Another pro is that your general dentist may be able to provide these ‘invisible braces’ for you without having to see a specialist (although this can be a con as well; see below).
Cons: Clear aligners have limitations. Not everyone is a candidate for this option because not all types of tooth movement are possible as of yet (although recent breakthroughs have significantly improved their design capabilities in this regard). In fact, some aligner companies are now boasting that their technologies will soon be or are already capable of the same tooth movements that traditional braces can offer. Time will tell if these claims are really true.
Regardless, you will always have the limitations of the dentist who is providing your treatment. Some practitioners (including specialists) may start advertising these products before they are sufficiently capable with these new techniques to provide you with the best outcome. This can lead to extended treatment times or disappointing results. And, since both orthodontists and general dentists are allowed to do these treatments, additional research and energy may be required on your part to find a competent dentist that your are comfortable with to provide this service. Do your homework!
Cost varies from dentist to dentist but it is usually close to or greater than traditional options. Additionally, if insurance is involved it will likely require more time and energy (and probably frustration) on your part in determining from the insurance company what your “real” cost will be.
Fast Track Systems
There are a few new systems out there that offer very fast results using a combination of traditional braces and retainer technology, often in just 6 months or so. Some high profile celebrities like Tom Cruise have recently brought this to the attention of the general public.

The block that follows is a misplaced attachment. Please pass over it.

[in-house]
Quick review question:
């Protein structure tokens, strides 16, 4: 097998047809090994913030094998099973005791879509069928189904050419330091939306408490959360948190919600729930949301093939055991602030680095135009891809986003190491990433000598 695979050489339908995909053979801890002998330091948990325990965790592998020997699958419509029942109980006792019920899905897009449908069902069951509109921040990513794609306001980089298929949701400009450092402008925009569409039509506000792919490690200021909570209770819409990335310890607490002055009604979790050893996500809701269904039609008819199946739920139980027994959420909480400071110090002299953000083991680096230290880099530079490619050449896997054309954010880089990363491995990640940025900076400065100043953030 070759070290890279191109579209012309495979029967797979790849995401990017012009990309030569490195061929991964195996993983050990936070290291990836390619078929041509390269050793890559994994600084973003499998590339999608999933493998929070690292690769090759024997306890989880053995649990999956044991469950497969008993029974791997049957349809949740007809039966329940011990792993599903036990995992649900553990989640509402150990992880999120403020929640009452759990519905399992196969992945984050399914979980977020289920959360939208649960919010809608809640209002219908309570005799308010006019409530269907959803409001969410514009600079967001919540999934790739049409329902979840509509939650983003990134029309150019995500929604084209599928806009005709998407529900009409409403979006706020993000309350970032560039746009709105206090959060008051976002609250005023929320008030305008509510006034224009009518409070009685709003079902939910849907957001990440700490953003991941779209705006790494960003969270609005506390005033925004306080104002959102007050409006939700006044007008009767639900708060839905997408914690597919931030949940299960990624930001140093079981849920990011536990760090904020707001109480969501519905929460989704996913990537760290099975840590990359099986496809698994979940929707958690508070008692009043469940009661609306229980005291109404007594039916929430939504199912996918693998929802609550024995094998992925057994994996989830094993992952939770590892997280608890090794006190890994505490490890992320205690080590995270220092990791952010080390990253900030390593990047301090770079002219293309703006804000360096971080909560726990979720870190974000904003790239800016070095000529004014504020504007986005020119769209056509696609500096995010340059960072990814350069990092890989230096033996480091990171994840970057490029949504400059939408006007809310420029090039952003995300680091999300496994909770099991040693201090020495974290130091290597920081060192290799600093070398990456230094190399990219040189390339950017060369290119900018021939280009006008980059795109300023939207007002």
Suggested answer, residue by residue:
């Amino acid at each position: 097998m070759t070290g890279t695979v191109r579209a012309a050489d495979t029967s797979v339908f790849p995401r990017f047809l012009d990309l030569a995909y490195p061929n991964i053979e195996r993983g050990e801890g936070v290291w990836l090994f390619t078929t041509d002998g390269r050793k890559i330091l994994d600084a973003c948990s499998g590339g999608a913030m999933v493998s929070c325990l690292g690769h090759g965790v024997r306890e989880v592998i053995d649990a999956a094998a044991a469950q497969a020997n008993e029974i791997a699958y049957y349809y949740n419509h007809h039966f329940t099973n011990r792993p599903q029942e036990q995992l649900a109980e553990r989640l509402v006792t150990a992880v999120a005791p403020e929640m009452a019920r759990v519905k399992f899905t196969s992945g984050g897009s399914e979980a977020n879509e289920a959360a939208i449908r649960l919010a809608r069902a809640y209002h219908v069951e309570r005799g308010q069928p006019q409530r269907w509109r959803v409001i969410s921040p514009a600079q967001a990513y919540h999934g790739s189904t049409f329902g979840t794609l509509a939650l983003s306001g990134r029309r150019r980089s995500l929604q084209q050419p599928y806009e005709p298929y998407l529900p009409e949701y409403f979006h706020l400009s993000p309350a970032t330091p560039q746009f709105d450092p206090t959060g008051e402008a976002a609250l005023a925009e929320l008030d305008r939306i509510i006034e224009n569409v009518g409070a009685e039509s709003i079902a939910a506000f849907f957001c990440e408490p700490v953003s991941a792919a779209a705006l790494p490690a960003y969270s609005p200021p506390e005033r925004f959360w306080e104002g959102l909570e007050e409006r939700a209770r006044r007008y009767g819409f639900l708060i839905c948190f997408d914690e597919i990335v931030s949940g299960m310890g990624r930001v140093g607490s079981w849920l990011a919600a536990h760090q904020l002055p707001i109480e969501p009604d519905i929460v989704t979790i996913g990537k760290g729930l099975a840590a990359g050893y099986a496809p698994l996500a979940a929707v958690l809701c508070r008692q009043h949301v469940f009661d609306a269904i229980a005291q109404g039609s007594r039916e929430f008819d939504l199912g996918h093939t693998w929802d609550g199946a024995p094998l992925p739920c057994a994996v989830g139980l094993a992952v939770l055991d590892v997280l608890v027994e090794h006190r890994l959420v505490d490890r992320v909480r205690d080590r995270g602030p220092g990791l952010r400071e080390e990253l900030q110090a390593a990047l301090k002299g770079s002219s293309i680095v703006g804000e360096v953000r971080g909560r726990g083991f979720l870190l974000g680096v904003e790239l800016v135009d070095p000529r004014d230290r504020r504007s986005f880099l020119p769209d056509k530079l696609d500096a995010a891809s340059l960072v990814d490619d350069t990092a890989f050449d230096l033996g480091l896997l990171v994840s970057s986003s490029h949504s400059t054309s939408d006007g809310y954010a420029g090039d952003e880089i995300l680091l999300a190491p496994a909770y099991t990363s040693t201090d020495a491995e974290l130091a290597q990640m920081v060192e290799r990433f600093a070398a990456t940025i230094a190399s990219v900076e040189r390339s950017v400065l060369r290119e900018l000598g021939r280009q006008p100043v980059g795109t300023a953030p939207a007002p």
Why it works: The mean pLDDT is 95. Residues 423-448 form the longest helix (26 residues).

The pros and cons of these types of braces are too complex for the purposes of this article but suffice it to say that the research in these developing technologies is limited. What research has been done indicates that some permanent damage is possible (especially to the root structures via resorption and bone) when teeth are moved too quickly.
Many patients have achieved pleasing results with these systems but it would be advisable to do considerable research and consultations to determine if this treatment is right for you.
In rare cases, orthodontic treatment can result in unintended and undesirable permanent damage to patients (i.e. jaw joint pain and/or dysfunction). While this is a possibility, the overwhelming majority of patients never regret having spent the time and money on improving their smile. Why?
First of all, straighter teeth are healthier teeth. They are easier to clean, thus reducing your risk of gum disease and cavities. Also, straighter teeth usually improving your bite and usually improve jaw joint pain and dysfunction.
Of course, not to be overlooked in our society is the social and psychological benefits of straighter teeth. A beautiful smile can improve your self-esteem and positively affect the way others view you. Don’t wait…get straight!